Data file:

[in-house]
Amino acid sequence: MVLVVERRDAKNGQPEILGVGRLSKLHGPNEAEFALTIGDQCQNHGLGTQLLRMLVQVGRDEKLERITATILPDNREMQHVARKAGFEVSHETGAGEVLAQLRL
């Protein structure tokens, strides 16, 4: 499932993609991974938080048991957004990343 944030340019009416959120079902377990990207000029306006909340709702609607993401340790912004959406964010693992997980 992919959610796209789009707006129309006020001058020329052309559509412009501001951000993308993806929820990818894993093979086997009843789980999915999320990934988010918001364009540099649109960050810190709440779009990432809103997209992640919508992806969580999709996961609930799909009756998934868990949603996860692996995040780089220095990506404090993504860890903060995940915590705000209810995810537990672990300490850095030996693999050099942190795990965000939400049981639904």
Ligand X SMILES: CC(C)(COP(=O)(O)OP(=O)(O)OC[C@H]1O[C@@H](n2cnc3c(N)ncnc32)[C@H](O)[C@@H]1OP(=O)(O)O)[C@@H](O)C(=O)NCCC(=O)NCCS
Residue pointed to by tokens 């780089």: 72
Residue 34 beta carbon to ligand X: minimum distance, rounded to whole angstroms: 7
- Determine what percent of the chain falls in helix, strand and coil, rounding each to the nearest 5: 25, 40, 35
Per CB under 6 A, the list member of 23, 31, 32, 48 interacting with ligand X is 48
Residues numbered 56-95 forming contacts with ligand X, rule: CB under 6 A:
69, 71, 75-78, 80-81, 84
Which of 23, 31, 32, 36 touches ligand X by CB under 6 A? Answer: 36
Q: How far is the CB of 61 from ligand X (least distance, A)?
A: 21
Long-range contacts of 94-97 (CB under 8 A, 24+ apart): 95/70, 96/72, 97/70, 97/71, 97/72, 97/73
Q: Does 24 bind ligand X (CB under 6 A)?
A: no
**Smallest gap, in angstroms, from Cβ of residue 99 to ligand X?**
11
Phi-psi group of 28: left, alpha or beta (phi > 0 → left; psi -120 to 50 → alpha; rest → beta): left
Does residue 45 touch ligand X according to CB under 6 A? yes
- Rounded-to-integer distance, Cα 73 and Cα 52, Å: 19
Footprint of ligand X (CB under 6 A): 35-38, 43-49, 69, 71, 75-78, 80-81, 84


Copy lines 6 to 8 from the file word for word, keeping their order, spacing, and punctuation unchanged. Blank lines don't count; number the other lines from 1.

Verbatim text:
Residue 34 beta carbon to ligand X: minimum distance, rounded to whole angstroms: 7
- Determine what percent of the chain falls in helix, strand and coil, rounding each to the nearest 5: 25, 40, 35
Per CB under 6 A, the list member of 23, 31, 32, 48 interacting with ligand X is 48